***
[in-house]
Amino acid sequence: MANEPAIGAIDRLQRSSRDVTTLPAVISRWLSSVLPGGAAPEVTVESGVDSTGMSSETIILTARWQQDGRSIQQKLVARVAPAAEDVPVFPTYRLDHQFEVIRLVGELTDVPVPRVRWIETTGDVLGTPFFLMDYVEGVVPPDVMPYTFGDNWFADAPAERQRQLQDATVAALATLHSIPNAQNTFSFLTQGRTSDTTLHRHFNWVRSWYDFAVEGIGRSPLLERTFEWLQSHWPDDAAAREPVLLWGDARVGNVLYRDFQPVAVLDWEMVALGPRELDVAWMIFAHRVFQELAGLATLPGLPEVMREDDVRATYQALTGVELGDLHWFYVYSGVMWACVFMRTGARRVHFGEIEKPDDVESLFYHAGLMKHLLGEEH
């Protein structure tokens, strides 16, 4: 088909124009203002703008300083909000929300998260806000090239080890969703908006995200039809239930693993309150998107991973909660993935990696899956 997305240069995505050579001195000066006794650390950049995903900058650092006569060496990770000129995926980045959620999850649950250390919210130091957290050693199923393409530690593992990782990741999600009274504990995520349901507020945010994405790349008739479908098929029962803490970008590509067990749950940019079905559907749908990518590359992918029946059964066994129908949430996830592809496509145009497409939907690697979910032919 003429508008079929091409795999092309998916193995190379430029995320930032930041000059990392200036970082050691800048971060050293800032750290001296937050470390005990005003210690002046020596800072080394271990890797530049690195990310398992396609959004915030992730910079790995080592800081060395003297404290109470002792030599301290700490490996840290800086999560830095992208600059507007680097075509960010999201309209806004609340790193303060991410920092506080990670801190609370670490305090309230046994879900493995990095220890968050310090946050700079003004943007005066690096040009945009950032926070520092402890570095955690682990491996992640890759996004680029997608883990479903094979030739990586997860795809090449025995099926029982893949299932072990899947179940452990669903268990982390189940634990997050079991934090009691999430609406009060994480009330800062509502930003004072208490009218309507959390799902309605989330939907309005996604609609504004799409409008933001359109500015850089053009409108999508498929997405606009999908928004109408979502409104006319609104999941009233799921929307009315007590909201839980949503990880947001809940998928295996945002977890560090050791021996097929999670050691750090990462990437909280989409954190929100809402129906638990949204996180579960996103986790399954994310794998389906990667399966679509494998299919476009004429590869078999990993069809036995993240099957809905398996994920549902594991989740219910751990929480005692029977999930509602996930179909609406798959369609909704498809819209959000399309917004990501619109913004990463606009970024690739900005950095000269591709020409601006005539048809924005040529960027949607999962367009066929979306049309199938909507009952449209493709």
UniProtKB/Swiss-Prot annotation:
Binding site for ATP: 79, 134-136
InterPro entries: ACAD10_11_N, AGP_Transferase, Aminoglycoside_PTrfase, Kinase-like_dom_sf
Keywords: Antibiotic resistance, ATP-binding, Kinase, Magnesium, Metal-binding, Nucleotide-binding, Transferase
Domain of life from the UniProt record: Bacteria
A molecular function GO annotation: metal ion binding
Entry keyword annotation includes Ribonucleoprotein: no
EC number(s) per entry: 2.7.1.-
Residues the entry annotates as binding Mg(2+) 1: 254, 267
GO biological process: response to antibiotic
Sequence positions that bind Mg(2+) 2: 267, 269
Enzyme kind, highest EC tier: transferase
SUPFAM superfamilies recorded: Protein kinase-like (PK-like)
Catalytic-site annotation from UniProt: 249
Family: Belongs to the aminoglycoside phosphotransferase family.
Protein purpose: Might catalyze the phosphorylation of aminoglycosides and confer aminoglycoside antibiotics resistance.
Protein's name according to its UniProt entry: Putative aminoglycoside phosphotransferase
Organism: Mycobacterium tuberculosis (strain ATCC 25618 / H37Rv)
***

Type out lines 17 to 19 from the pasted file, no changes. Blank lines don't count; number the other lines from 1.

Catalytic-site annotation from UniProt: 249
Family: Belongs to the aminoglycoside phosphotransferase family.
Protein purpose: Might catalyze the phosphorylation of aminoglycosides and confer aminoglycoside antibiotics resistance.